I'd love to, but I've got this column to write for The Independent

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What is it that we need a lot of and only have a few of?

Good excuses, that's what, The trouble is that we spend half our waking life trying to get out of things and we usually have no escape hatch to get out by.

Well, today I bring you good news in the shape of a whole bunch of excuses to store away in your personal organiser.

Yes, whenever the words, "Gosh, I'd LOVE to but I'm afraid I can't because ..." form on your lips, you can now complete your sentence with one of the following:

1. "I've had a rather painful accident with a rubber band which I would rather not talk about."

2. "It would interfere with my preparations for the World Cup."

3. "It's that time of year again."

4. "I would prefer not to, not if there is any truth in what Alistair Cooke said last Sunday."

5. "Well, it was a very large rubber band."

6. "I'm double-booked with a man in Potters Bar."

7. "I'm going to my aromatherapist's funeral."

8. "I'm going to a very important village Millennium meeting."

9. "That's the day I'm having my cyst looked at."

10. "No, not cistern - cyst."

11. "I've promised to act as second in a duel that day, which I've never done before."

12. "I have to keep that day clear for organic recharging."

13. "My wife has gone away for some time and she seems to have taken the diary with her, so I can't fix anything."

14. "Oh, that's St Ursula's Day ... Sorry."

15. "That's the day I'm having my cistern looked at."

16. "No, not sister - cistern."

17. "The old trouble is playing up again, I'm afraid."

18. "That's exactly when I've had to pencil in a dry run for my income tax investigation."

19. "Apparently there's a place in Banbury where they still do evening classes on how to be a second in duels."

20. "No, St Ursula."

21. "Well, aromatherapists die too, you know. You can postpone death with pretty smells but you can't cancel it."

22. "The awful thing is that I've just forgotten how to swim and there's a man in Le Touquet who specialises in bringing the skill back, and that's the only day I could get a flight there."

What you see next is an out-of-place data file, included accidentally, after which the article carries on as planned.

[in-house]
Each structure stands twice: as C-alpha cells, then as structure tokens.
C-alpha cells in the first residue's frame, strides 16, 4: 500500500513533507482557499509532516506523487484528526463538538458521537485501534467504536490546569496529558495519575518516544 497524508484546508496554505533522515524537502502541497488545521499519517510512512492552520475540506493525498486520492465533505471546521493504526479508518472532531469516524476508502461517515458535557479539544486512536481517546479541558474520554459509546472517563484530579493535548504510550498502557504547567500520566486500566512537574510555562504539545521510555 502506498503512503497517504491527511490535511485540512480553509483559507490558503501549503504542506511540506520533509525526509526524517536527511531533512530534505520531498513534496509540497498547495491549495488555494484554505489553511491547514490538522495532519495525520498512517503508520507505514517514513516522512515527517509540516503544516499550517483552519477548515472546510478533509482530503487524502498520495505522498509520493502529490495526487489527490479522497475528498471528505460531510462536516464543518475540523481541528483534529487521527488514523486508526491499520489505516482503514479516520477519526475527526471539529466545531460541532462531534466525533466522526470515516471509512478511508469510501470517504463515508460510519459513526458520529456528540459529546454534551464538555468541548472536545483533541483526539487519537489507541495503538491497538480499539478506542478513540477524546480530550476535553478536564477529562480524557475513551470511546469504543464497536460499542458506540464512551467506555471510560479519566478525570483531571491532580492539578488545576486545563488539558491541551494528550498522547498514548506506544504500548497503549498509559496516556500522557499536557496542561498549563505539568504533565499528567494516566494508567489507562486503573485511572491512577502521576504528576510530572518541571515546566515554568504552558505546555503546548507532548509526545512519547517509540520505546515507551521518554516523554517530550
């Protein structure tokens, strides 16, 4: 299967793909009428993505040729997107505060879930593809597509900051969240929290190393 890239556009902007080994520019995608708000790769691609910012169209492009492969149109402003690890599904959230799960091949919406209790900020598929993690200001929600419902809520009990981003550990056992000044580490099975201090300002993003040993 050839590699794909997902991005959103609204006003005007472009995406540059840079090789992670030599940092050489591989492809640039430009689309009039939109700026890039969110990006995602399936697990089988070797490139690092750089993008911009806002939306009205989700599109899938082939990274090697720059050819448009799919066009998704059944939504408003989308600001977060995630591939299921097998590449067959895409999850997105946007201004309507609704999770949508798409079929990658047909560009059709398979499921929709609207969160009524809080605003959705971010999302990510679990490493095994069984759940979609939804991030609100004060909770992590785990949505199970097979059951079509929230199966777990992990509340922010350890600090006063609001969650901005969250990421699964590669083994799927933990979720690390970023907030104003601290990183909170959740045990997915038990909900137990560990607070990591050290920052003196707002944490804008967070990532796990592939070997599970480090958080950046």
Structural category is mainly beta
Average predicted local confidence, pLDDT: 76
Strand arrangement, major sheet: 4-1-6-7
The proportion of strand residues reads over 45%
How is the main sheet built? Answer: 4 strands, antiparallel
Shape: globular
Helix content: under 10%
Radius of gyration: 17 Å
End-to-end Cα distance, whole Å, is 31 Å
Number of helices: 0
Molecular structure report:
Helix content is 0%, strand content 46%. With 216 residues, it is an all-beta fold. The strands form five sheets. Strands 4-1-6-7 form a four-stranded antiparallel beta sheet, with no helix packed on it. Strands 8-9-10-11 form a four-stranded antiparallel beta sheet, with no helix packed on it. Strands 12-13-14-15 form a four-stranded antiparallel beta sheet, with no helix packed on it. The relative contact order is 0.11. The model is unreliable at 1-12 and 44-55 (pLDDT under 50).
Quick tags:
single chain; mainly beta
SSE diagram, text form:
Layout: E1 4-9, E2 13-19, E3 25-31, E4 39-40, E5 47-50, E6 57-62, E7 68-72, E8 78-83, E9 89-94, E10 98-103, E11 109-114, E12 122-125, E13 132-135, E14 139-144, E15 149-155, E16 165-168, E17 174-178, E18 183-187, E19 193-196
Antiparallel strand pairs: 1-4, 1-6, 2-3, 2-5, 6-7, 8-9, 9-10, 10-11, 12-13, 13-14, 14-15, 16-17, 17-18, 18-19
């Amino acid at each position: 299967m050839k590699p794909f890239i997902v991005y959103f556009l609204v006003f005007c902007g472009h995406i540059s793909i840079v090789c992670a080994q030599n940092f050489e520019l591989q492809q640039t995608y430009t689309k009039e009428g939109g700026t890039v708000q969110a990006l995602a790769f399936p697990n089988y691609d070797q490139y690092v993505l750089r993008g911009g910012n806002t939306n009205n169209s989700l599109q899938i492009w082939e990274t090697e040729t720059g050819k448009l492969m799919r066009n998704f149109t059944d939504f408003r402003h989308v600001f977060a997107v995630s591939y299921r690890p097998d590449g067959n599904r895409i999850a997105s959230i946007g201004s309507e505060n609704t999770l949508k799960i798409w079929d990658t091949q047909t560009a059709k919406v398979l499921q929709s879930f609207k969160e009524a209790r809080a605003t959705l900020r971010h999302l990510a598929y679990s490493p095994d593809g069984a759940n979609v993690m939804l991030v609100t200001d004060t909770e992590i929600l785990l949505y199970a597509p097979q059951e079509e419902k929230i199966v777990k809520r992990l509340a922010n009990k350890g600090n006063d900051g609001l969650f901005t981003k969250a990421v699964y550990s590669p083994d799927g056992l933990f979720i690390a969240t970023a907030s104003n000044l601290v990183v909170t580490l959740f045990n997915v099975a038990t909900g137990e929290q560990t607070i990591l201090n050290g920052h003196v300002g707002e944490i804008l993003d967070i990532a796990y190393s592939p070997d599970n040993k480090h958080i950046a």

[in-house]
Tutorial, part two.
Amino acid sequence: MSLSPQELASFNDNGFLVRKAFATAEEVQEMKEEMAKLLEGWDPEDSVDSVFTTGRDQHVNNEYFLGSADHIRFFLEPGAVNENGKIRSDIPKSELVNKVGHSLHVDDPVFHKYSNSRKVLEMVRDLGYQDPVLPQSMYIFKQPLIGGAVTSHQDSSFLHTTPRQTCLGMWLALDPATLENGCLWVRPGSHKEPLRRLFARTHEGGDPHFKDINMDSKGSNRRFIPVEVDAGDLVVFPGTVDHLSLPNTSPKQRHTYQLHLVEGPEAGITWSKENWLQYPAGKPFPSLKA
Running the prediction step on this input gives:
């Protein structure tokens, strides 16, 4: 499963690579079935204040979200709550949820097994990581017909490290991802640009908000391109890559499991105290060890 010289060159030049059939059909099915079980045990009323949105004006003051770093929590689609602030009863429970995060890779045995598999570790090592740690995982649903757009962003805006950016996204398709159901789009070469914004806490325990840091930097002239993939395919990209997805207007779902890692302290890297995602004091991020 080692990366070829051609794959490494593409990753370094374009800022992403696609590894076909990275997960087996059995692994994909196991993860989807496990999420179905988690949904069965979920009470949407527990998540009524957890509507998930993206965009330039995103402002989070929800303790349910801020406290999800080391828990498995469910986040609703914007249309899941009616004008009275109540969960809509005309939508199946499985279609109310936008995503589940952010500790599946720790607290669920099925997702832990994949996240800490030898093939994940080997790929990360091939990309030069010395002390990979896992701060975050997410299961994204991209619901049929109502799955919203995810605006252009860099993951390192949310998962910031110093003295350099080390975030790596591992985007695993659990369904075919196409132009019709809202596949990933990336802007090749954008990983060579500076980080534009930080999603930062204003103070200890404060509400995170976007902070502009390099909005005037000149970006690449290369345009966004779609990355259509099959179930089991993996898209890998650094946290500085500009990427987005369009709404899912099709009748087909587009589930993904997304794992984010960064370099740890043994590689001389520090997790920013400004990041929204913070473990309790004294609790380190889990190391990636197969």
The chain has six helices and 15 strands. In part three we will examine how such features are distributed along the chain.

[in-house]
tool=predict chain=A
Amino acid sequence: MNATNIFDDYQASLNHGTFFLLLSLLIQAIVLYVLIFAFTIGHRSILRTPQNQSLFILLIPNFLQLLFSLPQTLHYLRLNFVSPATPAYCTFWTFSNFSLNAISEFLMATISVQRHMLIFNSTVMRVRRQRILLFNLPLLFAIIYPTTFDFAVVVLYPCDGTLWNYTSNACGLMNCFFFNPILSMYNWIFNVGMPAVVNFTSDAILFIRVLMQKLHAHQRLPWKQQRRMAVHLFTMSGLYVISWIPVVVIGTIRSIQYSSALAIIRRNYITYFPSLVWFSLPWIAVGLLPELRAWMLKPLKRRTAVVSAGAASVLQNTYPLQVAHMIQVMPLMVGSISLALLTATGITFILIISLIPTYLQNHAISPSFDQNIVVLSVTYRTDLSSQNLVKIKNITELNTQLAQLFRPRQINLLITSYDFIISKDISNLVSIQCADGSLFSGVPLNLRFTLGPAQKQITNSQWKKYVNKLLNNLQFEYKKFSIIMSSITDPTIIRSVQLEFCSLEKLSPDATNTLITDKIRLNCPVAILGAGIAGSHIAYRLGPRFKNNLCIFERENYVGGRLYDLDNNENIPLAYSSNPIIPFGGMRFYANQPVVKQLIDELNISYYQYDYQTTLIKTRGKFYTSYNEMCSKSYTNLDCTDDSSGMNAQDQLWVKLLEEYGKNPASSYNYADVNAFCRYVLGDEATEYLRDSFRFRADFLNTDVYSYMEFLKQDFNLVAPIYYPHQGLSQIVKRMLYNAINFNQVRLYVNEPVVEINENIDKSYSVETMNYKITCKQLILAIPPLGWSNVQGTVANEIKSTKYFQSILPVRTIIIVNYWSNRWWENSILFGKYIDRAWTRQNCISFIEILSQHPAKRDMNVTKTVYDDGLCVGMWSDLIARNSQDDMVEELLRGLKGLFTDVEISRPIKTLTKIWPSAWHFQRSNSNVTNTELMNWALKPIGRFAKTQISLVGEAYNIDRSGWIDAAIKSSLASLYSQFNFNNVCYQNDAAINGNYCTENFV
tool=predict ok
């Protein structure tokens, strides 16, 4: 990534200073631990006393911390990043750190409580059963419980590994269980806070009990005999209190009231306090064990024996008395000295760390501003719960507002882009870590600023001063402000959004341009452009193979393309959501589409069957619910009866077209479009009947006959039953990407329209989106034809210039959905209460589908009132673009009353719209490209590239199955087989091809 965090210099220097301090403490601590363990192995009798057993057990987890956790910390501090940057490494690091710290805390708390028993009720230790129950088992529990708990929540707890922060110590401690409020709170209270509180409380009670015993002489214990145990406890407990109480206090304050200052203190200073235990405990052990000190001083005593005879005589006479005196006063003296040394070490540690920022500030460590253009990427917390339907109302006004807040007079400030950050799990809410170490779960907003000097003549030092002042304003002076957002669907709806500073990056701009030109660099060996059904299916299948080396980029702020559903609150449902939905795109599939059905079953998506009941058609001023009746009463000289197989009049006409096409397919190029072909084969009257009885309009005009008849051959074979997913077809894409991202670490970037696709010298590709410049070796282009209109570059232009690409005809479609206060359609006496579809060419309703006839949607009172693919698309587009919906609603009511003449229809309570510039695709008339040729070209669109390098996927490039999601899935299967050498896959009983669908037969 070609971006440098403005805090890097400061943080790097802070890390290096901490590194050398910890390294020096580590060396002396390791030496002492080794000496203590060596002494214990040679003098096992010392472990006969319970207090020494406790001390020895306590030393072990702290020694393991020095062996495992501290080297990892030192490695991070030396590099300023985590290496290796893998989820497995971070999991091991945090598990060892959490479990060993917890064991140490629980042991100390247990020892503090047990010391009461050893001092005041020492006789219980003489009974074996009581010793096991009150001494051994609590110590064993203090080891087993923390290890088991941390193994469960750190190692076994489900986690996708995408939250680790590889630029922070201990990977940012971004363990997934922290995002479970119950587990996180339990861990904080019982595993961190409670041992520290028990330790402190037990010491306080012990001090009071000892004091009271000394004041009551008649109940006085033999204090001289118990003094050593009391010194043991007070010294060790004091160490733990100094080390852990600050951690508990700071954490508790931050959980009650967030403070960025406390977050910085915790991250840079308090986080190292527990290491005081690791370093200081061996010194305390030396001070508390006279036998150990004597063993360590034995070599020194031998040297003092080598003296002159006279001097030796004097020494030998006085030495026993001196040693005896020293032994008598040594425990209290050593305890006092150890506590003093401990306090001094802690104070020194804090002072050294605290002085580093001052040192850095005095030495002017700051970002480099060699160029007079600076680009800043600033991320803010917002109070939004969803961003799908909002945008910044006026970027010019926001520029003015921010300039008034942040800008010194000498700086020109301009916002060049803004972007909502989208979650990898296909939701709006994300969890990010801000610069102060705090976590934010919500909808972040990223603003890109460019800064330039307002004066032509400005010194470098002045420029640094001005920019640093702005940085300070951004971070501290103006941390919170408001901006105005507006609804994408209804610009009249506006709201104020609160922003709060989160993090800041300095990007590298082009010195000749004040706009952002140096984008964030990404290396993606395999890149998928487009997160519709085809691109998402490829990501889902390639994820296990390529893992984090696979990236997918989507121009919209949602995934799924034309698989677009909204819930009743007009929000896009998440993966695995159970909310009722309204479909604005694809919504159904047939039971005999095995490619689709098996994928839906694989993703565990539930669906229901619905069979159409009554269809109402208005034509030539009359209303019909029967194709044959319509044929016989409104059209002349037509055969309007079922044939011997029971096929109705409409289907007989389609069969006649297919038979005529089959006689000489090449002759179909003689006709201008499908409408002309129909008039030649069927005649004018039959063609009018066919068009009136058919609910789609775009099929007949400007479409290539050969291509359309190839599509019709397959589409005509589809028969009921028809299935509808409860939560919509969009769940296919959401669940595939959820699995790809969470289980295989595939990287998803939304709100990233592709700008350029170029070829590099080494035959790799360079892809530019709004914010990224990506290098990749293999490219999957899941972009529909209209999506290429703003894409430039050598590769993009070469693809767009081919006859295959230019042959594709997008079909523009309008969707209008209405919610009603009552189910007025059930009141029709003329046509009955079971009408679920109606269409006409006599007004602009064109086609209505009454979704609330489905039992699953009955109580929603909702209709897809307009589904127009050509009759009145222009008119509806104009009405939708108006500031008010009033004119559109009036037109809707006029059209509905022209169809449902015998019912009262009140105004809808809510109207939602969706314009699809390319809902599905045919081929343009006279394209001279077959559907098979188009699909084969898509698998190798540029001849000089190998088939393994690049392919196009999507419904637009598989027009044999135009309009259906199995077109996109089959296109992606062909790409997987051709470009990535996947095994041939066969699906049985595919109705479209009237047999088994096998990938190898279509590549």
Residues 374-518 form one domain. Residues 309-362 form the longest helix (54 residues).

23. "That's the day my ginger beer matures, and it's a non-stop vigil."

24. "Well, much though I'd like to, I can't ring my wife because she's taken the phone book as well."

25. "I'm afraid my old trouble isn't playing up any more, and the doctors are a bit worried and want to see why."

26. "Yes, they use a lot of fragrances at aromatherapists' funerals."

27. "Well, there's a lot more to it than just saying, `Choose your weapons, gentlemen,' you know."

28. "Kitty Kelley wants to come and see me that day and she won't say what it's about."

29. "All our systems have crashed and that's the day the man's coming to have a look at them."

30. "Not cisterns. Systems."

31. "Did I say St Ursula? I meant St Boniface."

32. "I don't think the fragrances do much for the late departed, but they do the funeral guests a lot of good."

33. "I couldn't possibly, not with the Hang Seng in its present delicate state."

NB This excuse can be varied with the French lorry drivers' strike, shadow Cabinet crisis etc etc.

34. "That's the day I am due to have a session with my hypnotist, and once I have made an appointment with my hypnotist, there is some strong unseen power which seems to prevent me ever changing it. Odd, really."

35. "No, hold on - that's Glenda Jackson's birthday. I never miss that."

36. "That's the day the piano tuner comes, and you can't get hold of piano tuners for love nor money these days, so I must be sure to be there, because he tunes everything in the house, not just the piano and spinet but everything from guitars to citterns."

37. "Not cisterns. Citterns."

38. "I have recently contracted that disease ..."

39. "You know, that disease, that disease which never lets you get round to finishing ..."

40. "I can't remember the name of it, but it's the disease which prevents you from ever ... from ever ..."

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